Learning from the biggest mistakes in social media history

It’s true, even the most talented social media guru has made a mistake or two in the Web 2.0 world. Don’t feel bad if you think you don’t know what you’re doing every time you take part in social media, because even the most experienced have made their fair share of social networking blunders.

Thankfully, David Spark at Mashable compiled a full list of some “all star errors in judgment from some social media all stars,” for all of us to learn from. Here are just three of the biggest social media blunders in history:

Responding to all negative comments. Staying on top of what people are saying about you in social media is a good practice, but don’t lose too much sleep over the negative comments. From Spark’s personal experience, “I wasted a lot of time putting far too much effort into defending myself to these anonymous naysayers than they put into attacking me.”

Don’t engage with people who only push their own initiative. Personal and corporate agendas have a way of taking over online communications. Ross Mayfield from SocialText, first ignored these self promoters, but has now realized that they’re only trying to create an association with you and your business. “You really want to engage with every conversation that relates with your brand,” Mayfield advised, “Even if you don’t want to necessarily draw attention to the existence of a competitor.”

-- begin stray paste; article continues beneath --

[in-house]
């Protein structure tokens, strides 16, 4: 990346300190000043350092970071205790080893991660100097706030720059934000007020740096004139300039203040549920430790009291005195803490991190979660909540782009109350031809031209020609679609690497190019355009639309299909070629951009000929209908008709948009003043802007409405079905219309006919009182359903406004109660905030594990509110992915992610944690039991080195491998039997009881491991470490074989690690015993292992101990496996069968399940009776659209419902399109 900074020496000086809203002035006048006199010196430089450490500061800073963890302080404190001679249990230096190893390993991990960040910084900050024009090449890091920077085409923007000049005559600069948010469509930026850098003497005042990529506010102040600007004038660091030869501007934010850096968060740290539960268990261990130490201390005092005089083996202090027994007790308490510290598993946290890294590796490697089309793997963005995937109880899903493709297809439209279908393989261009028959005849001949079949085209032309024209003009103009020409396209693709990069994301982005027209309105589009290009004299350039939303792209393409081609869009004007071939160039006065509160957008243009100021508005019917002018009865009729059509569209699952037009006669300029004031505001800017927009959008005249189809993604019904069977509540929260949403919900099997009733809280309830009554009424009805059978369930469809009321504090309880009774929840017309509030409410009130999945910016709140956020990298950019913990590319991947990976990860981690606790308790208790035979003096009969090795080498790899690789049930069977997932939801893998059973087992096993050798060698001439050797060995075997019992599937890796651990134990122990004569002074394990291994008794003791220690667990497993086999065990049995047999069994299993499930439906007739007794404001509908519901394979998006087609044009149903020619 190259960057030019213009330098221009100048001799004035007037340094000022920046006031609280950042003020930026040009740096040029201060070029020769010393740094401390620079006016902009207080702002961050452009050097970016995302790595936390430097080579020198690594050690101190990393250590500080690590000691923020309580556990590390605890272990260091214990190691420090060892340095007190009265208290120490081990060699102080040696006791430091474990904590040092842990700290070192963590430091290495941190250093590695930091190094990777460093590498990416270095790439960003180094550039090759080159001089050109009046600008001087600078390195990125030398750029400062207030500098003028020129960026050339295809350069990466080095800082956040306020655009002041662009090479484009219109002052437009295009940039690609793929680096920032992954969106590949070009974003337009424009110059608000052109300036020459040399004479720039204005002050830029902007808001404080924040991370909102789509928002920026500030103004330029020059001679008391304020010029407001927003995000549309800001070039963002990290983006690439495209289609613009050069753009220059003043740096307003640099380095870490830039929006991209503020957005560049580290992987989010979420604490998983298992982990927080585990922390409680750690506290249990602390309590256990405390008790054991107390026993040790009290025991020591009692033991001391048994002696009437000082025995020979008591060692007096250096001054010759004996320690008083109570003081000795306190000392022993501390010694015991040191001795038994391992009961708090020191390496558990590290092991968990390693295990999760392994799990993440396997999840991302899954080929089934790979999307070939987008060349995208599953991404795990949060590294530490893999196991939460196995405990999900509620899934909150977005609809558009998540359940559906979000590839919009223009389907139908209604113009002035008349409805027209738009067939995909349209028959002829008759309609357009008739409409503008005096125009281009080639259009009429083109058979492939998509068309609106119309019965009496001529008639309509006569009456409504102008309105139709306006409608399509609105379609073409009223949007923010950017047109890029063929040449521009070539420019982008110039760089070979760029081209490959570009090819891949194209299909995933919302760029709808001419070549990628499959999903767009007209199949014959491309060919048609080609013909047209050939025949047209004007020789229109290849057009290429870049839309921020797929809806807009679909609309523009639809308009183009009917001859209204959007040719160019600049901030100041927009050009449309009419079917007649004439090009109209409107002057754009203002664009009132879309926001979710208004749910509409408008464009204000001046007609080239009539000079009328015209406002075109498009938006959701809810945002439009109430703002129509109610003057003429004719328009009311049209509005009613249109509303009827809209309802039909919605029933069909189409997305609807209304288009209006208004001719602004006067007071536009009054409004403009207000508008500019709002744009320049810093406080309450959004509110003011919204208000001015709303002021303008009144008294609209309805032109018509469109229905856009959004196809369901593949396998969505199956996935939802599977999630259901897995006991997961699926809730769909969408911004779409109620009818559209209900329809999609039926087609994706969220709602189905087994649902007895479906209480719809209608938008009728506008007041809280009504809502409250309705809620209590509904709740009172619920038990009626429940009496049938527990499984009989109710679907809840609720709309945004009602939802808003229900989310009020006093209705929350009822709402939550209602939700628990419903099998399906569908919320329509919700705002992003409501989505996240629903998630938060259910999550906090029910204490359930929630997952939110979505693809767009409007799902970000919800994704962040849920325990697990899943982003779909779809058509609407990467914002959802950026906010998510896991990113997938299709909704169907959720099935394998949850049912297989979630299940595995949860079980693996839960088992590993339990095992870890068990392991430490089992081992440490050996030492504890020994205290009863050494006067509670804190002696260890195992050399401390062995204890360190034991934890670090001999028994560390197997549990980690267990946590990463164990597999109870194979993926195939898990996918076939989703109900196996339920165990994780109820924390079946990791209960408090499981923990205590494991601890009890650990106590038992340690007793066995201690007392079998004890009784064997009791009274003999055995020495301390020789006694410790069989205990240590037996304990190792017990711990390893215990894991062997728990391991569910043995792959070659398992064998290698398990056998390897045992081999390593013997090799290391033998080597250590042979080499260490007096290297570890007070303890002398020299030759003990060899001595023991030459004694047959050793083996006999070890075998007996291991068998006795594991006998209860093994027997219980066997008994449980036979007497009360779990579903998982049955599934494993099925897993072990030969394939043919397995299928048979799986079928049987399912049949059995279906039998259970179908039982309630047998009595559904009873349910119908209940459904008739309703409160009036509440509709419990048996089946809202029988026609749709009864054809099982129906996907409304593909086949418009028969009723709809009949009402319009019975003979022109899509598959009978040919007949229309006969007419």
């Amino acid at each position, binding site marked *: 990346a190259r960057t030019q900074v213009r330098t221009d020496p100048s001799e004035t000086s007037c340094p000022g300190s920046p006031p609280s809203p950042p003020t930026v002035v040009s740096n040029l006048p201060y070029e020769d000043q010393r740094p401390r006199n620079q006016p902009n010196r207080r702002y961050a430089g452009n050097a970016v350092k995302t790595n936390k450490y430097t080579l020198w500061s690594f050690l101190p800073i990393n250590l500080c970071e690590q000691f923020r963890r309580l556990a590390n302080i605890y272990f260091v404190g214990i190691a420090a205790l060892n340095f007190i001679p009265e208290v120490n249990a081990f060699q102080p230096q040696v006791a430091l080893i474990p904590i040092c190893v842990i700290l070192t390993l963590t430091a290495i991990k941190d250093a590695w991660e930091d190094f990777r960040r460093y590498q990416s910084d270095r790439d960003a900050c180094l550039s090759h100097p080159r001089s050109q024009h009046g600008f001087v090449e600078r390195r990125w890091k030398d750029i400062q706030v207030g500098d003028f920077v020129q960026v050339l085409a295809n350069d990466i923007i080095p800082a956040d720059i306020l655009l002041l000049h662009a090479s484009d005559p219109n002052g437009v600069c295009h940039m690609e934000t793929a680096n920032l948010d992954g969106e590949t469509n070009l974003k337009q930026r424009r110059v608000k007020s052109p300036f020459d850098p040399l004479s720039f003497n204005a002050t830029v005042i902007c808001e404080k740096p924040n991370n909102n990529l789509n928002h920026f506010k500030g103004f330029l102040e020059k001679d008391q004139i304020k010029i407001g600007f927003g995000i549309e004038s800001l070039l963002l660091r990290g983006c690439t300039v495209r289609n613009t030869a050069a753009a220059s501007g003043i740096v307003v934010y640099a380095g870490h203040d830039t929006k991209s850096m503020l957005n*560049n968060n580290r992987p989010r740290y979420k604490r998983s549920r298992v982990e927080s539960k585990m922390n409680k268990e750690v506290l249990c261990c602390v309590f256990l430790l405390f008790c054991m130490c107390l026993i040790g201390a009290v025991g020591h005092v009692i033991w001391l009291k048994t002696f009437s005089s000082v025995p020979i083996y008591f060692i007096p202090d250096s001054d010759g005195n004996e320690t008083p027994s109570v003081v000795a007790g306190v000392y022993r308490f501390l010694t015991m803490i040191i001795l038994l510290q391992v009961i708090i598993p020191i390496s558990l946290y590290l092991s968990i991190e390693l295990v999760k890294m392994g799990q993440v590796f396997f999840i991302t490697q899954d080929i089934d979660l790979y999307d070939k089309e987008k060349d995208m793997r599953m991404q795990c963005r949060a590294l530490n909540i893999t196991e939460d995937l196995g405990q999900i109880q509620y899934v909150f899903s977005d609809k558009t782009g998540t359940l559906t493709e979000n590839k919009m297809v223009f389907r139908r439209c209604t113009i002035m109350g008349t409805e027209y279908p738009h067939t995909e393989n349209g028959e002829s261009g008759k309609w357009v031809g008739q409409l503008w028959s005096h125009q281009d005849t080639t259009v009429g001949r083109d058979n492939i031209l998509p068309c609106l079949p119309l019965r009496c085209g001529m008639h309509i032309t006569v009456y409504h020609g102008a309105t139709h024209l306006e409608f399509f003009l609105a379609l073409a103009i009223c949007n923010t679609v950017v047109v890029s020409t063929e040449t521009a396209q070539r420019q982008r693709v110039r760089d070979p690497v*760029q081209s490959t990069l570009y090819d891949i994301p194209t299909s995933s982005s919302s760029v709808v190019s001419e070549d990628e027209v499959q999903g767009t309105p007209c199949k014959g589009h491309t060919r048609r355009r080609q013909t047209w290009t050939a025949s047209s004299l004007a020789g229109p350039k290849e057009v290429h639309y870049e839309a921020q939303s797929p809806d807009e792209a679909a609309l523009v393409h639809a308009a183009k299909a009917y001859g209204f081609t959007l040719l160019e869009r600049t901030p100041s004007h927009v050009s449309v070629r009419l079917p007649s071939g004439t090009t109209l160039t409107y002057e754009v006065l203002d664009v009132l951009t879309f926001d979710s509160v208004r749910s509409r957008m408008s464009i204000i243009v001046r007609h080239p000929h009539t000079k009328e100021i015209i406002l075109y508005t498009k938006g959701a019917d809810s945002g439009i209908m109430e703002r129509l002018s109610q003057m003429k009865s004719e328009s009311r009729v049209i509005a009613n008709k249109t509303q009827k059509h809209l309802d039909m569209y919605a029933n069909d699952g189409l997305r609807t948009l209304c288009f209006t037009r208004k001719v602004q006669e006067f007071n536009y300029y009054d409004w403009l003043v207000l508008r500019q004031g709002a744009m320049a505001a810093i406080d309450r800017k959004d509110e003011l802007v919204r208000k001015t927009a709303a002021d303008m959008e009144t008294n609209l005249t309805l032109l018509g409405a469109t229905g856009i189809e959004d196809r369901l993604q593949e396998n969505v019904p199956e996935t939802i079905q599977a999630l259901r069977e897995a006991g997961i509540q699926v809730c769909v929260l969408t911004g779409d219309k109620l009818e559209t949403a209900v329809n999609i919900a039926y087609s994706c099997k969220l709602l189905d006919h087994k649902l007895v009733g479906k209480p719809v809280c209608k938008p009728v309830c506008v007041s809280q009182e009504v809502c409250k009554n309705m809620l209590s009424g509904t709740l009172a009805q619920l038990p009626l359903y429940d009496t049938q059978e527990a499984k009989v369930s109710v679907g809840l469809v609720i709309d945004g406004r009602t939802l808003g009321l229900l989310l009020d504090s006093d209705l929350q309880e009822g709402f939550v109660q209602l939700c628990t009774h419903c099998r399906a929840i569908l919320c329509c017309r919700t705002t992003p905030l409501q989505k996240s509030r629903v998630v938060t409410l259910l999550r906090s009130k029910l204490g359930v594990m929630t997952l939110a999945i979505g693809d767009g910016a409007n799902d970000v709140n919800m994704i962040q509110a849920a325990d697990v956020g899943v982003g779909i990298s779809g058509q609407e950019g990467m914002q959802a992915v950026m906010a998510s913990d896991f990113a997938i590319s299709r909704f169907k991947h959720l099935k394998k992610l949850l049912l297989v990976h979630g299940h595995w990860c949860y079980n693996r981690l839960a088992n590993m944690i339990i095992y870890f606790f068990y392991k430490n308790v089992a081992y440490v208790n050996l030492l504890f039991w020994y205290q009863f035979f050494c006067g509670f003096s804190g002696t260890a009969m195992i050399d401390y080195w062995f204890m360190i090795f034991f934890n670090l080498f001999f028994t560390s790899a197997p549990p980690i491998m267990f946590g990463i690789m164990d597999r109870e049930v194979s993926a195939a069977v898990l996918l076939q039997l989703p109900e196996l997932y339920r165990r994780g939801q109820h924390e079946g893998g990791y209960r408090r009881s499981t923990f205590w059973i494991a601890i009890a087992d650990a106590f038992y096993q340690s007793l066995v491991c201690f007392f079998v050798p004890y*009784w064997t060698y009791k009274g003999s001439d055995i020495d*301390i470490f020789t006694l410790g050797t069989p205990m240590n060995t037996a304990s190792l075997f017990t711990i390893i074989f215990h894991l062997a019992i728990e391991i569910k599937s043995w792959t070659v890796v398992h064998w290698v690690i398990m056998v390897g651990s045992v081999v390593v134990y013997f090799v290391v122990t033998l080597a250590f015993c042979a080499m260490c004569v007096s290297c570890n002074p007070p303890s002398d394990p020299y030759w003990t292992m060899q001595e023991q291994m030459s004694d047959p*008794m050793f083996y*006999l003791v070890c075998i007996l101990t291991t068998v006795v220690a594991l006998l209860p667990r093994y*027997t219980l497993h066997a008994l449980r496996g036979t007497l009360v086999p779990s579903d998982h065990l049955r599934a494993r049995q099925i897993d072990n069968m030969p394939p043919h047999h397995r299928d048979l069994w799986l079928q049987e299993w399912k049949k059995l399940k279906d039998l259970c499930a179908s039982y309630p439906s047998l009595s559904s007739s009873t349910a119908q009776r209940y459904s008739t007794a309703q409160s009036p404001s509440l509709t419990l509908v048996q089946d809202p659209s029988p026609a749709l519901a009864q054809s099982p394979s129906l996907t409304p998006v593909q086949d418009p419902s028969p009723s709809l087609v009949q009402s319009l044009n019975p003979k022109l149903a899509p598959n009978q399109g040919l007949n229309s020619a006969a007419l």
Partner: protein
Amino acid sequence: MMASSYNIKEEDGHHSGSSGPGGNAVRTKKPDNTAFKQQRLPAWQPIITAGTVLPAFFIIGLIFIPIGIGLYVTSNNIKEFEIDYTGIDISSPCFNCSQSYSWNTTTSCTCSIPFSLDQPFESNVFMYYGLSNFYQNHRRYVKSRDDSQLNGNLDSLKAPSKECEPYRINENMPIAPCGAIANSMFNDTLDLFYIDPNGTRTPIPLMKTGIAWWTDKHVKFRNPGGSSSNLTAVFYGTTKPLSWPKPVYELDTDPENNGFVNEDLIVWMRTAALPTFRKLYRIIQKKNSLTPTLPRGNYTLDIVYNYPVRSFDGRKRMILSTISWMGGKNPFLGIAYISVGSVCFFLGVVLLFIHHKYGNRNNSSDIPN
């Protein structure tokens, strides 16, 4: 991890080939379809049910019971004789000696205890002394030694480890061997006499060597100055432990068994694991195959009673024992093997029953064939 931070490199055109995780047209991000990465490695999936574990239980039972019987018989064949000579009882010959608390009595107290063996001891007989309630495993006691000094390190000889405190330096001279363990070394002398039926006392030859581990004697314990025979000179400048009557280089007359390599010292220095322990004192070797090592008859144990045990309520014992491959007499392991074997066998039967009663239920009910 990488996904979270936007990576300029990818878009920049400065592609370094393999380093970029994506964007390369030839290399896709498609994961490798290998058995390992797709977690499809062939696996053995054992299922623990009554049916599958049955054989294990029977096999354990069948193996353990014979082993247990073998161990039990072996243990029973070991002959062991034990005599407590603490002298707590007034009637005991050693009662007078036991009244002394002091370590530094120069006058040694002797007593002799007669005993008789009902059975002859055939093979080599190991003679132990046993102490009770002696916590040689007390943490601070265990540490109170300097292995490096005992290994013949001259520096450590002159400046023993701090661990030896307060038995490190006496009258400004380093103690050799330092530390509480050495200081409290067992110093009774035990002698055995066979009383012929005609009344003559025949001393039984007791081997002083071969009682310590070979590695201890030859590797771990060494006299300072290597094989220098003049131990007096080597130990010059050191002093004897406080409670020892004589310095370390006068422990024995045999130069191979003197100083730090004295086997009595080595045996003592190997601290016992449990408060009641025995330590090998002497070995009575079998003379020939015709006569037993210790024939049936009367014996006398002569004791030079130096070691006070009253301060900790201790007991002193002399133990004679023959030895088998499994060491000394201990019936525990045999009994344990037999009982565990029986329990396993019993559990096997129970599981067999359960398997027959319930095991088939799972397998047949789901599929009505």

Assuming what your customers want without talking to them. Deb Schultz, social media strategist for P&G, made the mistake of assuming their audience wanted a site full of features and functionality. She now admits that she should have spent more time talking with customers instead of adding more content to the site.

Read the Mashable article for the full list of social media mistakes and take a note from the Web 2.0 history books on how to avoid these blunders in your own endeavors.


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